Finding Meaning in Abstract Games: A Deep Reading of Sage Solitaire

Treanor Mike
2016 DiGRA/FDG '16 - Proceedings of the First International Joint Conference of DiGRA and FDG

This paper presents a methodology for discovering and explaining how games with very few thematic assets (or abstract games) are meaningful to players through rules and dynamics. Through the process of implementing play strategies as computer code, and then running simulations of the game being played, insights about how a player might think about and experience playing the game are revealed. These insights are compiled into interpretations of the themes and meanings that can be found in the abstract game. The paper then applies the methodology to perform a deep reading of the single player digital card game Sage Solitaire.


Playing the System: Comparing the Efficacy and Impact of Digital and Non-Digital Versions of a Collaborative Strategy Game

Kaufman Geoff Flanagan Mary
2016 DiGRA/FDG '16 - Proceedings of the First International Joint Conference of DiGRA and FDG

The present research compared the experiences and outcomes afforded by digital and non-digital games. In a randomized experiment, a sample of youth, ages 11-17, played a cooperative public health game presented in either a non-digital format (board game) or digital format (mobile app). Relative to baseline scores reported in a no-game control condition (N = 30), players of the non-digital version of the game (N = 28) exhibited significantly higher post-game systems thinking performance and more positive valuations of vaccination, whereas players of a nearly identical digital version (N = 30) did not. This discrepancy was accounted for by key differences in play that emerged: specifically, players of the digital game exhibited a more rapid play pace and shorter turn length, and discussed strategies and consequences less frequently and with less depth. The implications for the use of games to facilitate cognitive growth and learning are discussed. Keywords


Collegiate E-sports as Work or Play

Kauweloa Sky Winter Jennifer Sunrise
2016 DiGRA/FDG '16 - Proceedings of the First International Joint Conference of DiGRA and FDG

This study examined how collegiate E-sport athletes conceptualize the process of their own competitive game play as situated between work and play. Using interviews guided by Stebbins’ (2007) serious leisure perspective, 12 active, competitive, collegiate E-sport players described how they experience their gaming as work or play, how belonging to a collegiate E-sports team has shaped their identity, and how they experience gaming within the structured environment of a collegiate E-sports club team. This study extends the serious leisure perspective by applying the framework to collegiate E-sports. Overall, Stebbins’ description of skill and knowledge development of serious leisure was supported and the findings are in accord with Stebbins’ conceptualization of “personal rewards”, in particular self-expression, self-image, and self-actualization. Additionally, competitive gamers frame their development as skilled players by integrating the idea of “gamesense.” The study also found differences between players’ experiences in a more structured program (scholarship-based) and less-structured one.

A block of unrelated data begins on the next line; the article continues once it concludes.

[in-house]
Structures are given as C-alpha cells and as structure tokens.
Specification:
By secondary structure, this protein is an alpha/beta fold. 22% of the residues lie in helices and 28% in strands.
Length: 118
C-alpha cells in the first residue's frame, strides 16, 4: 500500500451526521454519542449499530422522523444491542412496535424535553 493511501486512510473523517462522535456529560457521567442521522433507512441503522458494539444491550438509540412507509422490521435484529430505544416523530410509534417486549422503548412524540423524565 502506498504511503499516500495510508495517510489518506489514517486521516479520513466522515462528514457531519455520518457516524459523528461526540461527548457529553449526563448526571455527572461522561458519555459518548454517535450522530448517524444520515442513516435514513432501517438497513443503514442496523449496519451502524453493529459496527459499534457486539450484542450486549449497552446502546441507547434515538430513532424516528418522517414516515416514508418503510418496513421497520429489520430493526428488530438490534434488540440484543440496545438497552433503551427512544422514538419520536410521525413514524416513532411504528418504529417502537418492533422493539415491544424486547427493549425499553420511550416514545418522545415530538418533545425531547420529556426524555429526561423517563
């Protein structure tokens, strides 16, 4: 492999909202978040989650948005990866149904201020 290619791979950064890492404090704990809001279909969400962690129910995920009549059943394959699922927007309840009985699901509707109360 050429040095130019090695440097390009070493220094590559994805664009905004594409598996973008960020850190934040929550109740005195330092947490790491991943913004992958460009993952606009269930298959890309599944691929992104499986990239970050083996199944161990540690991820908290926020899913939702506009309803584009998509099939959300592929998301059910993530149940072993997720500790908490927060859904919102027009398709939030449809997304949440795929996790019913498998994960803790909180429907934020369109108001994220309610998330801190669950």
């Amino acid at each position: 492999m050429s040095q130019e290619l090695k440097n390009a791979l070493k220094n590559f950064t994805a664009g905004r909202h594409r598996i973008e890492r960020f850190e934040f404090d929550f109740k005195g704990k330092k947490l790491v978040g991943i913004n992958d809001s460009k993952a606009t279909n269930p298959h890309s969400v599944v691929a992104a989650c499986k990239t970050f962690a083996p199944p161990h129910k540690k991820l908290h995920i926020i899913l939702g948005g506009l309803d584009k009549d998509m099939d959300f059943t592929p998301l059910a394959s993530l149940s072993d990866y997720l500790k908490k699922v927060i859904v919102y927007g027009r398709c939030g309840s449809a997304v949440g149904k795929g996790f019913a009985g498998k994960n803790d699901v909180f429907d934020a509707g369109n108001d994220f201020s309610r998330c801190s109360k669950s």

The Tapper Videogame Patent as a Series of Close Readings

Nelson Mark J.
2016 DiGRA/FDG '16 - Proceedings of the First International Joint Conference of DiGRA and FDG

The popular 1983 arcade game Tapper seems simple at first. The player controls a bartender, and serves customers beer, racing against the clock to serve them before they run out of patience. What then to make of a 10,000-word patent application filed in 1984, claiming protection for the game as an invention? Arguing over the patentability of videogame designs isn’t the purpose of this paper; rather, the Tapper patent document itself turns out to constitute a remarkable series of close readings of the game from multiple angles, while illustrating methods for game analysis that are of interest beyond patent law. This starts from its abstract yet evocative title—“Video game in which a host image repels ravenous images by serving filled vessels”—and continues from there, along the way touching on a number of subjects also considered by more recent authors.


A Lightweight Videogame Dialogue Manager

Ryan James Mateas Michael Wardrip-Fruin Noah
2016 DiGRA/FDG '16 - Proceedings of the First International Joint Conference of DiGRA and FDG

We present a fully procedural alternative to branching dialogue that is influenced by theories from linguistic pragmatics and technical work in the field of dialogue systems. Specifically, this is a dialogue manager that extends the Talk of the Town framework, in which non-player characters (NPCs) develop and propagate subjective knowledge of the gameworld. While previously knowledge exchange in this framework could only be expressed symbolically, such exchanges may now be rendered as naturalistic conversations between characters. The larger conversation engine currently lacks a player interface, so in this paper we demonstrate our dialogue manager through conversations between NPCs. From an evaluation task, we find that our system produces conversations that flow far more naturally than randomly assembled ones. As a design objective, we have endeavored to make this dialogue manager lightweight and agnostic to its particular application in Talk of the Town; it is our hope that interested readers will consider porting its straightforward design to their own game engines.